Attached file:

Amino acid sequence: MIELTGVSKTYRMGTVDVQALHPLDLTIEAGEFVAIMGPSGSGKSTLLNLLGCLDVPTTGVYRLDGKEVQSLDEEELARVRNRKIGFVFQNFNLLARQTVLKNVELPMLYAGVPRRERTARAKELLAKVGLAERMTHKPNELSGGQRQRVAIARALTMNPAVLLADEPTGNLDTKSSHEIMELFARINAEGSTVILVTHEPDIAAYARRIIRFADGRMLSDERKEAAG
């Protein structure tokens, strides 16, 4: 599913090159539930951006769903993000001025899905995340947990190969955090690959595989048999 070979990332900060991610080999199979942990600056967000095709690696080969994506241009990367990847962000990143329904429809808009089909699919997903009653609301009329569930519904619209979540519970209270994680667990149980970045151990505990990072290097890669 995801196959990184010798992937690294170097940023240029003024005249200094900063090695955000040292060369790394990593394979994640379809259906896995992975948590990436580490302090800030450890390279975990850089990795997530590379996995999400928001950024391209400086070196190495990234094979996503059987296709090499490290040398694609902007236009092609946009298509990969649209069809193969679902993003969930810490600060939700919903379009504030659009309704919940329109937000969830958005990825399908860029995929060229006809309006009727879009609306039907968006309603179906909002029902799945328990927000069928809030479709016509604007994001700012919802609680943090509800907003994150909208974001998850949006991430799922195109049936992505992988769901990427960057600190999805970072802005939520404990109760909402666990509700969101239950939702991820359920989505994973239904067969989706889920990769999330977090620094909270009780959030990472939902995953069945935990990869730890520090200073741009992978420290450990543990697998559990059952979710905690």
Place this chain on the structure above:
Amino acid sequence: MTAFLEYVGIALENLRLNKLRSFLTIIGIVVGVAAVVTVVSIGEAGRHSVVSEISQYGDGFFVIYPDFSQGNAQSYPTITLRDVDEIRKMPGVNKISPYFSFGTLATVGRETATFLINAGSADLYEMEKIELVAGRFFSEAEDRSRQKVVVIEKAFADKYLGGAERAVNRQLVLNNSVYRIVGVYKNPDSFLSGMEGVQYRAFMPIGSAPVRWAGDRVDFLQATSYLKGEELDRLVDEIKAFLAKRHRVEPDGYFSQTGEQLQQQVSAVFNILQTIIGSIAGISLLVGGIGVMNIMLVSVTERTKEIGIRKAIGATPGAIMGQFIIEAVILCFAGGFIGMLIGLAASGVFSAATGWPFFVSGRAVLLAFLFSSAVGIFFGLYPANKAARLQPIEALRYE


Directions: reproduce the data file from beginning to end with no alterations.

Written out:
Amino acid sequence: MIELTGVSKTYRMGTVDVQALHPLDLTIEAGEFVAIMGPSGSGKSTLLNLLGCLDVPTTGVYRLDGKEVQSLDEEELARVRNRKIGFVFQNFNLLARQTVLKNVELPMLYAGVPRRERTARAKELLAKVGLAERMTHKPNELSGGQRQRVAIARALTMNPAVLLADEPTGNLDTKSSHEIMELFARINAEGSTVILVTHEPDIAAYARRIIRFADGRMLSDERKEAAG
């Protein structure tokens, strides 16, 4: 599913090159539930951006769903993000001025899905995340947990190969955090690959595989048999 070979990332900060991610080999199979942990600056967000095709690696080969994506241009990367990847962000990143329904429809808009089909699919997903009653609301009329569930519904619209979540519970209270994680667990149980970045151990505990990072290097890669 995801196959990184010798992937690294170097940023240029003024005249200094900063090695955000040292060369790394990593394979994640379809259906896995992975948590990436580490302090800030450890390279975990850089990795997530590379996995999400928001950024391209400086070196190495990234094979996503059987296709090499490290040398694609902007236009092609946009298509990969649209069809193969679902993003969930810490600060939700919903379009504030659009309704919940329109937000969830958005990825399908860029995929060229006809309006009727879009609306039907968006309603179906909002029902799945328990927000069928809030479709016509604007994001700012919802609680943090509800907003994150909208974001998850949006991430799922195109049936992505992988769901990427960057600190999805970072802005939520404990109760909402666990509700969101239950939702991820359920989505994973239904067969989706889920990769999330977090620094909270009780959030990472939902995953069945935990990869730890520090200073741009992978420290450990543990697998559990059952979710905690």
Place this chain on the structure above:
Amino acid sequence: MTAFLEYVGIALENLRLNKLRSFLTIIGIVVGVAAVVTVVSIGEAGRHSVVSEISQYGDGFFVIYPDFSQGNAQSYPTITLRDVDEIRKMPGVNKISPYFSFGTLATVGRETATFLINAGSADLYEMEKIELVAGRFFSEAEDRSRQKVVVIEKAFADKYLGGAERAVNRQLVLNNSVYRIVGVYKNPDSFLSGMEGVQYRAFMPIGSAPVRWAGDRVDFLQATSYLKGEELDRLVDEIKAFLAKRHRVEPDGYFSQTGEQLQQQVSAVFNILQTIIGSIAGISLLVGGIGVMNIMLVSVTERTKEIGIRKAIGATPGAIMGQFIIEAVILCFAGGFIGMLIGLAASGVFSAATGWPFFVSGRAVLLAFLFSSAVGIFFGLYPANKAARLQPIEALRYE